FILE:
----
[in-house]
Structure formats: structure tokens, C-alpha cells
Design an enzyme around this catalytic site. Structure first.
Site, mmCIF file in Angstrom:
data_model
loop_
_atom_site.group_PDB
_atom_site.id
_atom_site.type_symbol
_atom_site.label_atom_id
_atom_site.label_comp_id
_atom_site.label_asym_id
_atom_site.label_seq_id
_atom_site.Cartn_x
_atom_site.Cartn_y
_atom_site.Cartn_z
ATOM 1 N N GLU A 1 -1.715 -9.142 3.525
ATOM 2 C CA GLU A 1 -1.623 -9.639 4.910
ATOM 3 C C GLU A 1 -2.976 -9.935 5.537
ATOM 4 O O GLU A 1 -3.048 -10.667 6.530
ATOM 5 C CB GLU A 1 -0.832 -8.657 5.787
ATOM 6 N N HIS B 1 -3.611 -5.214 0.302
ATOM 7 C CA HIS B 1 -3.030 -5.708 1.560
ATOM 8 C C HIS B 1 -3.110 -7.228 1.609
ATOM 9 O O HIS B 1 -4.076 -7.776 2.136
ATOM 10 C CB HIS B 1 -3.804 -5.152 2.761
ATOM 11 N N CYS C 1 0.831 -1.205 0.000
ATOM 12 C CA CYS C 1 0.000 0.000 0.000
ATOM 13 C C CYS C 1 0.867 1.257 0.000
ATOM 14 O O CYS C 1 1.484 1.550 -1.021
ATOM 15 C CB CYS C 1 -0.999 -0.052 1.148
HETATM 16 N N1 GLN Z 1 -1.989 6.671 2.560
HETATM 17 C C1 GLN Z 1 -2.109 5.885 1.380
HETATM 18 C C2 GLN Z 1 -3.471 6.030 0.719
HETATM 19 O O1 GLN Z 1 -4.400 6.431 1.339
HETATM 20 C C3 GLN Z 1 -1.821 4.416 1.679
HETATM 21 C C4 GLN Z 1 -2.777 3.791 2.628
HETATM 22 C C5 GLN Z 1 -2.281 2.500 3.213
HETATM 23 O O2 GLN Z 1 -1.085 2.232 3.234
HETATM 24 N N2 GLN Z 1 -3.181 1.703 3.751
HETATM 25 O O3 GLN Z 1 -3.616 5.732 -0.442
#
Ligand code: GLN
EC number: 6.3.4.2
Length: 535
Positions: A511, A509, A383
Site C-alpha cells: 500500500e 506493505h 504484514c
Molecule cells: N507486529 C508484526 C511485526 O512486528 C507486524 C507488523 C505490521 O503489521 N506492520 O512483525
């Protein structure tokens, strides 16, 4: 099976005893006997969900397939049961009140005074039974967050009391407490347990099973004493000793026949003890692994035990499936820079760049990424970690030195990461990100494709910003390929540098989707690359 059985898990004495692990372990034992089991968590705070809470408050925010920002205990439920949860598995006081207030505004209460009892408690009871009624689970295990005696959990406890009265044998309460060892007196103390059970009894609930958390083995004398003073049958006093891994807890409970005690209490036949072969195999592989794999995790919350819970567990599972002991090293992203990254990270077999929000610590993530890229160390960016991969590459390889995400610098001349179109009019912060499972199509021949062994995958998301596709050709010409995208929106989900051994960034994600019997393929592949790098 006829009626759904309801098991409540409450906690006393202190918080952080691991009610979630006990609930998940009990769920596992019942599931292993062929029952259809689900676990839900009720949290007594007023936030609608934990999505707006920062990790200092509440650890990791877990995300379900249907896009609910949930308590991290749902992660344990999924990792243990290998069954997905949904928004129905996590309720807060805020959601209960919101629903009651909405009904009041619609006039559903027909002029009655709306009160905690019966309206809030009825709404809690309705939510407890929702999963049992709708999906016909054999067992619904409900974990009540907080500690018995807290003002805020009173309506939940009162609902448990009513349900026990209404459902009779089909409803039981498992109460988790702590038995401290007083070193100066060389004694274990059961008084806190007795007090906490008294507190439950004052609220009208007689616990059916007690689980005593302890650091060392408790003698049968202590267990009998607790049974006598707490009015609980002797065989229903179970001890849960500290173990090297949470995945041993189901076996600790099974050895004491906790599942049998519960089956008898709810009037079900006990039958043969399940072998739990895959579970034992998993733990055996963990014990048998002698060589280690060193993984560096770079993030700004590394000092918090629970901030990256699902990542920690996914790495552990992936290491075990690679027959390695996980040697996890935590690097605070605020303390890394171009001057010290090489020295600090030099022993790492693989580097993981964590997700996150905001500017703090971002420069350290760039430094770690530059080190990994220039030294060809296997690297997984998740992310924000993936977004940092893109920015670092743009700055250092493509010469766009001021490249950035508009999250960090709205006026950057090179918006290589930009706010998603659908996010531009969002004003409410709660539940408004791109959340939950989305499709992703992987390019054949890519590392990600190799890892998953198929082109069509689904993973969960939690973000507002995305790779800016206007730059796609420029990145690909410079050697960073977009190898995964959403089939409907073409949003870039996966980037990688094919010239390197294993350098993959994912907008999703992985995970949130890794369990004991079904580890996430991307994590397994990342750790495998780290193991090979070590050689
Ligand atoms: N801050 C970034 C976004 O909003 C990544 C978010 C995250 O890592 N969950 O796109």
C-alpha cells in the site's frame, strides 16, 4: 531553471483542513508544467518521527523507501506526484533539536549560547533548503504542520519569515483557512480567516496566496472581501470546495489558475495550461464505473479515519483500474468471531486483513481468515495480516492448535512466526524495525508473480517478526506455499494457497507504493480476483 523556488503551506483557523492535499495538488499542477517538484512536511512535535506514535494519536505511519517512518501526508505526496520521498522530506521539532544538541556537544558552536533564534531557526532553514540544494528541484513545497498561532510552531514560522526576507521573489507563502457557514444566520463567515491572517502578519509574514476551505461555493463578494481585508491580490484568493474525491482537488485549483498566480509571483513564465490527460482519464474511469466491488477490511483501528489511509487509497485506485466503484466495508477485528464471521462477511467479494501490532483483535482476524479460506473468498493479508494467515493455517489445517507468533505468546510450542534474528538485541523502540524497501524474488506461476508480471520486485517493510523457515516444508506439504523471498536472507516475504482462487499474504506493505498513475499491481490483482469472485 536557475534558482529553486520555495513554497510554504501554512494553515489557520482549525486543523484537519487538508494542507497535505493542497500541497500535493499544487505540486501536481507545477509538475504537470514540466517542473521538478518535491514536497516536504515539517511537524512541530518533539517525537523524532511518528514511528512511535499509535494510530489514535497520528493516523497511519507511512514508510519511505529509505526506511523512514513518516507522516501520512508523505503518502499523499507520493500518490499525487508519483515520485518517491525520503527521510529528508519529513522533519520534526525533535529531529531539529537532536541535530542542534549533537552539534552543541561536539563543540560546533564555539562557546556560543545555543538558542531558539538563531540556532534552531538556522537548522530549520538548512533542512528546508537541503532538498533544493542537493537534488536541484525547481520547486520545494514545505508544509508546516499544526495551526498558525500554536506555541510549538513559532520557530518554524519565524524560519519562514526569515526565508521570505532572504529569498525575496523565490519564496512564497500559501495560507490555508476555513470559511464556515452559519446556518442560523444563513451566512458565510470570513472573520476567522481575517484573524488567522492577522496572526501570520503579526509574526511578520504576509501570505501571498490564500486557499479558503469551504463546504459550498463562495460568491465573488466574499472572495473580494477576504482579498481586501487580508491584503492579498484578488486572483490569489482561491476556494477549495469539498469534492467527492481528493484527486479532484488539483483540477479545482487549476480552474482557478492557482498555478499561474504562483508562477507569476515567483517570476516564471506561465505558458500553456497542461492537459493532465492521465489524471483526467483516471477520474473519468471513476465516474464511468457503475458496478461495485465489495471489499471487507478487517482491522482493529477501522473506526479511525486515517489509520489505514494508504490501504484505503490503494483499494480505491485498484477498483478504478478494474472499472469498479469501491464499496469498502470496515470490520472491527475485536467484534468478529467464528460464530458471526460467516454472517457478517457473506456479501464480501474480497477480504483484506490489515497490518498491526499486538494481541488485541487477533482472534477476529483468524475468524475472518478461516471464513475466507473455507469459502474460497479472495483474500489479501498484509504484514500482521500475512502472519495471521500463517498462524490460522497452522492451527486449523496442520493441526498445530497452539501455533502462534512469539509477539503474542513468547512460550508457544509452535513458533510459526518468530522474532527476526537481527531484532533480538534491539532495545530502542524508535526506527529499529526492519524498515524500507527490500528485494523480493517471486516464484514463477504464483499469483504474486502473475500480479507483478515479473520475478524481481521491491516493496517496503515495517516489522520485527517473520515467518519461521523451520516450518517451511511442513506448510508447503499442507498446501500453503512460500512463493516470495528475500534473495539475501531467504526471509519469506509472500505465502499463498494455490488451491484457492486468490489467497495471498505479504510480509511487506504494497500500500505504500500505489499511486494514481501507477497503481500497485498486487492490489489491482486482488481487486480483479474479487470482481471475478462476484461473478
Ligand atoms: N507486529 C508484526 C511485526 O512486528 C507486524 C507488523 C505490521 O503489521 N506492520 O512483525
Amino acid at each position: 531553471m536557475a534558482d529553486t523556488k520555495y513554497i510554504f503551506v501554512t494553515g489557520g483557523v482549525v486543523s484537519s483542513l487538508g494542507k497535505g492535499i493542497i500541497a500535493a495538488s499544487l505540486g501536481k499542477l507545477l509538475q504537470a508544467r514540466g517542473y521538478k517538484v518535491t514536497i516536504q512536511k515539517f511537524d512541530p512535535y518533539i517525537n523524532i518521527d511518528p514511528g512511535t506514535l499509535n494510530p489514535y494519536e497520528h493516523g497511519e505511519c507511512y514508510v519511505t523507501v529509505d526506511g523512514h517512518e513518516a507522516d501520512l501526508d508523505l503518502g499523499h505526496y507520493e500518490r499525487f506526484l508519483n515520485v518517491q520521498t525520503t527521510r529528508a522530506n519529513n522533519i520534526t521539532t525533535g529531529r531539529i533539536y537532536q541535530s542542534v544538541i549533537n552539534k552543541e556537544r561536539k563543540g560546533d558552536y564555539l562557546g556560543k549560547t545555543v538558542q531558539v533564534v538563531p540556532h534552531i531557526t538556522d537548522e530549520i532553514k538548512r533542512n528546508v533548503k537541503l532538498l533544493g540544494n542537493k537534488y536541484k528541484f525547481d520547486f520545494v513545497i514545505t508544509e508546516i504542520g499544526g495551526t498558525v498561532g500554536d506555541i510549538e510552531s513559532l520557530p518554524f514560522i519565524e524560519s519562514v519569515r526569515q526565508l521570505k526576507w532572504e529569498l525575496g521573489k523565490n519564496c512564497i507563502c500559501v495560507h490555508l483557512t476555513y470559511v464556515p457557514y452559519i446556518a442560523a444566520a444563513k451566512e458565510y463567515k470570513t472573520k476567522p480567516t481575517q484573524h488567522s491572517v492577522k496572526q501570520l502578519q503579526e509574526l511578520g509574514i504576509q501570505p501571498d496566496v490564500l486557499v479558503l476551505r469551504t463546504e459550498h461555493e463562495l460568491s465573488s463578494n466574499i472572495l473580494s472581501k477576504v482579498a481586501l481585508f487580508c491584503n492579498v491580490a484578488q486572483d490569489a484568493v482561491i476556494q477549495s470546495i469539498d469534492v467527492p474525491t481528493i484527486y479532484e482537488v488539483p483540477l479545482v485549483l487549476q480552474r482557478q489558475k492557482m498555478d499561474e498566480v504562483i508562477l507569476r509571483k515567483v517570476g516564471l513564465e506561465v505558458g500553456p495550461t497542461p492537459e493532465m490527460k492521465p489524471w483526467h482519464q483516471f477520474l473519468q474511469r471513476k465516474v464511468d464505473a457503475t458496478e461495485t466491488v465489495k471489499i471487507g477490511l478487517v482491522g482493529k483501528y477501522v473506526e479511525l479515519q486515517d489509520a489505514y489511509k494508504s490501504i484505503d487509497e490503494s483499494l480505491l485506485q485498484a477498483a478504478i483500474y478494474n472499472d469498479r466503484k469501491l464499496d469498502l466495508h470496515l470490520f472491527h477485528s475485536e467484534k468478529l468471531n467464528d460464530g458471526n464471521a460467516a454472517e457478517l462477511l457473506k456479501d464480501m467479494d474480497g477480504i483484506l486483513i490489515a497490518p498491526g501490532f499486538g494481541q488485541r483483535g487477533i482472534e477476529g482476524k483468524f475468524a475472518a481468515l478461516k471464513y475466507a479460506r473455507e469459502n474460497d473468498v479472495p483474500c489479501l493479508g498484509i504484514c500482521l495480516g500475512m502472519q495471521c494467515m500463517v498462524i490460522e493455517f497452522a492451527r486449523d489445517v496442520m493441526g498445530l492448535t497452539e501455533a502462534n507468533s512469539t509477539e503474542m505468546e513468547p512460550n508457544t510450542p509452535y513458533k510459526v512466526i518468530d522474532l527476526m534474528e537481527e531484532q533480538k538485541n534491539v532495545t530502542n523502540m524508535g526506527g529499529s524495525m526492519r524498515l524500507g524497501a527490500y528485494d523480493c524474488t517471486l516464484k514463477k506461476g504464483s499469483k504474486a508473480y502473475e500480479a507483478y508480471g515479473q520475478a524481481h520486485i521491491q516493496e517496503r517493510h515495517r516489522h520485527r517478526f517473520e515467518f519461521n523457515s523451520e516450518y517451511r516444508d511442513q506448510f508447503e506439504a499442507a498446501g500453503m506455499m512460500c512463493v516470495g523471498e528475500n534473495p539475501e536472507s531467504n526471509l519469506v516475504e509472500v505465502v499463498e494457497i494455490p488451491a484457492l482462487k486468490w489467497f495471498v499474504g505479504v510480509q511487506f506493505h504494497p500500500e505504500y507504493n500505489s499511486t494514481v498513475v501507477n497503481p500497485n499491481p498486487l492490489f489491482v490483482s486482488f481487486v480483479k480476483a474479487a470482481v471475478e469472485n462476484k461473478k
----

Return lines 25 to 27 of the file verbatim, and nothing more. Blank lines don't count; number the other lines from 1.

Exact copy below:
ATOM 9 O O HIS B 1 -4.076 -7.776 2.136
ATOM 10 C CB HIS B 1 -3.804 -5.152 2.761
ATOM 11 N N CYS C 1 0.831 -1.205 0.000